Scottish Health Survey 2017: summary report
Key findings from the Scottish Health Survey 2017 report.
This document is part of a collection
The Scottish Health Survey ( SHeS) is commissioned by the Scottish Government Health Directorates to provide reliable information on the health, and factors related to health, of people living in Scotland that cannot be obtained from other sources. The series aims to:
- estimate the occurrence of particular health conditions
- estimate the prevalence of certain risk factors associated with health
- look at differences between regions and between subgroups of the population
- monitor trends in the population’s health over time
- make a major contribution to monitoring progress towards health targets
Key findings from the 2017 survey are presented here alongside some trends. Further discussion of the findings and full documentation of the survey’s methods and questionnaire can be found in the 2017 annual report available from the Scottish Health Survey website: www.gov.scot/scottishhealthsurvey. The report is accompanied by an extensive set of web tables for 2017 and updated trends for key measures.
About The Survey
SHeS has been designed to provide data on the health of adults (aged 16 and over) and children (aged 0-15) living in private households in Scotland annually. In 2017, 3,697 adults and 1,603 children took part in the survey. Representative data for adults in all NHS Health Board for the 2014-2017 period are also available.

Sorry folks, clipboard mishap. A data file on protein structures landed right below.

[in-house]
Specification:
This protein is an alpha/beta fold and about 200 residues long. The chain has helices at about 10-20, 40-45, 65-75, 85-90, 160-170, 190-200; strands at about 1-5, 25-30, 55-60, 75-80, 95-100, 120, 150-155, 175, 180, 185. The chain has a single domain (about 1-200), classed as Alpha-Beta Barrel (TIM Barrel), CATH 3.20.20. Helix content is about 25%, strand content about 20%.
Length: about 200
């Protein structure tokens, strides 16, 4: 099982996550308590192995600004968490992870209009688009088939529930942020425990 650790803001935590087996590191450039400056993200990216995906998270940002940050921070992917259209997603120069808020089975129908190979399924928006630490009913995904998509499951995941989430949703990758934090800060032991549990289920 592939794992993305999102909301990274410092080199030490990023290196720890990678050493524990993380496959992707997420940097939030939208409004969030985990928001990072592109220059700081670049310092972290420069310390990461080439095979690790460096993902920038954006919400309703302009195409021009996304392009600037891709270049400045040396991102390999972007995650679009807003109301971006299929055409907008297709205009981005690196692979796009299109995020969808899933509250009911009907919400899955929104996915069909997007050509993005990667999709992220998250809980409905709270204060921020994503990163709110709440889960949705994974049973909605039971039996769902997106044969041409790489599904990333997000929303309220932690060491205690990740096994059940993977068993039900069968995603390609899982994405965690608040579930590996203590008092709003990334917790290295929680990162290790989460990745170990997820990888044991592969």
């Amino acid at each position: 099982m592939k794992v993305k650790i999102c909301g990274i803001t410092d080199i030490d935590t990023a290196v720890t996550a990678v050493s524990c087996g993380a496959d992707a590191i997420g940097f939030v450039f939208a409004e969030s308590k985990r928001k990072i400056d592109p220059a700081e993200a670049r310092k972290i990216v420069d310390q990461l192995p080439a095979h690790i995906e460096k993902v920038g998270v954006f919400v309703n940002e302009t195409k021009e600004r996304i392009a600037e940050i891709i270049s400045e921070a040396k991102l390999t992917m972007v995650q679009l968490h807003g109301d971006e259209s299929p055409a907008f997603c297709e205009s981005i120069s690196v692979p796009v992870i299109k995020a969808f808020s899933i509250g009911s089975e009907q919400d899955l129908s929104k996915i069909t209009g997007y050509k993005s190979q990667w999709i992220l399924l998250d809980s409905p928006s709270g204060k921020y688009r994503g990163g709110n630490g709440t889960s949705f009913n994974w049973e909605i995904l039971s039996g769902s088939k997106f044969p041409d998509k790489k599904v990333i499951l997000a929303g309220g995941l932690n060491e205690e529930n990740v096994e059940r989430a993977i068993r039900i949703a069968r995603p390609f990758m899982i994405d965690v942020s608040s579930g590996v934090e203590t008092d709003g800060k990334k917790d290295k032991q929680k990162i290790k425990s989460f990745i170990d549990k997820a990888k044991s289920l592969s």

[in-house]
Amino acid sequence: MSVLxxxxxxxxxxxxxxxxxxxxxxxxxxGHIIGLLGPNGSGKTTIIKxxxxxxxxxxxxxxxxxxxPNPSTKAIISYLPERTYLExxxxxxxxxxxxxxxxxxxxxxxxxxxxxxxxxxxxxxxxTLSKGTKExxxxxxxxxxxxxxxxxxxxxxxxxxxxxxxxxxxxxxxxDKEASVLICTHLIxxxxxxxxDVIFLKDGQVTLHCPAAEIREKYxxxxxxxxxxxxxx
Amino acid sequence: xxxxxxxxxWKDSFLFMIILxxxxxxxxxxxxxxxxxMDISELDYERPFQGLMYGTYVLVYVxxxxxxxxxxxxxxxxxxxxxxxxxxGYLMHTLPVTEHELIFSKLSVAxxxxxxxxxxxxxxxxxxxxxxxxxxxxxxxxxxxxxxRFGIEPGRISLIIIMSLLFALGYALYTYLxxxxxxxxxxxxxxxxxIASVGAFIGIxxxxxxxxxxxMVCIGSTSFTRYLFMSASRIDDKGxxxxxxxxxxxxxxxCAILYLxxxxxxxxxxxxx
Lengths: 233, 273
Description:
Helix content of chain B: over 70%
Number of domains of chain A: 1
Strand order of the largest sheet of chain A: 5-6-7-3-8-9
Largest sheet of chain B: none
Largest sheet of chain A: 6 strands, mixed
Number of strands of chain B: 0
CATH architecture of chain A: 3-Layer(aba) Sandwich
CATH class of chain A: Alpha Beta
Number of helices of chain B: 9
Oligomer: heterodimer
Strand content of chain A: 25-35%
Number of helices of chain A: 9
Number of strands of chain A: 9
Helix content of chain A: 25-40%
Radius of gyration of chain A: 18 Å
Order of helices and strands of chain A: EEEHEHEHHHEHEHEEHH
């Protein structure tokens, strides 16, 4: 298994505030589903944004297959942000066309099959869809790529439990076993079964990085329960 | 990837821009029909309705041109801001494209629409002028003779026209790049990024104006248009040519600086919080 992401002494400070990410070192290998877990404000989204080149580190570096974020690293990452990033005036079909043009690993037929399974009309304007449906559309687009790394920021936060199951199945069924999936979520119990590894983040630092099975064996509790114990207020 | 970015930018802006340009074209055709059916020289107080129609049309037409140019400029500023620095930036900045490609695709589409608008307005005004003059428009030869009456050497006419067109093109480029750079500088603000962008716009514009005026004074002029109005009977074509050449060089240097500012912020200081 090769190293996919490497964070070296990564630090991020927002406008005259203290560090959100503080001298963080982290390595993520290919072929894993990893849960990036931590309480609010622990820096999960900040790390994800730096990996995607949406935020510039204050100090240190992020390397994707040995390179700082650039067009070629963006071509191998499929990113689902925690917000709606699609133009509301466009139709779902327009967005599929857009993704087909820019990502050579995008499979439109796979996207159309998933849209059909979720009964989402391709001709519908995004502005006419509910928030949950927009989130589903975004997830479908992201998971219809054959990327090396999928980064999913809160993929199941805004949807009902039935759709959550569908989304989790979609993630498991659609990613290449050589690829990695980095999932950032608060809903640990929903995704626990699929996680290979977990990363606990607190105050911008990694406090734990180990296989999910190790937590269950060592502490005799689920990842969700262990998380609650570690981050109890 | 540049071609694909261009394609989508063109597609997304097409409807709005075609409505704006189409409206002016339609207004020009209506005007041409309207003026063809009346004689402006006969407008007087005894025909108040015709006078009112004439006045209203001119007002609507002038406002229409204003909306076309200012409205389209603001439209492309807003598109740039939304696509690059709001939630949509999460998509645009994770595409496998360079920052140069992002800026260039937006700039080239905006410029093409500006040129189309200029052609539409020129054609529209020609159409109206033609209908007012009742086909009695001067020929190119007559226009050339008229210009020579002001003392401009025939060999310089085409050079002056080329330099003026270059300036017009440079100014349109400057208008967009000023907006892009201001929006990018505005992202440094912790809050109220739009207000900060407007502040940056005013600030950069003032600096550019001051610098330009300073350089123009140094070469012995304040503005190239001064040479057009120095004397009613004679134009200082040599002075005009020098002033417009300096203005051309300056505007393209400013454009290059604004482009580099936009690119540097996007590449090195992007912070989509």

The principal focus of the survey is cardiovascular disease ( CVD) and related risk factors. Some questions and topics are asked annually while others vary from year to year. In addition to the questionnaire, height and weight measurements are collected from everyone aged 2 and over. Each year a sub-sample of adults also complete a biological module which includes blood pressure and waist circumference measurements along with urine and saliva sample collection. Participants are also asked for permission to link survey responses to their administrative NHS health records. Key topics included in the 2017 survey were:
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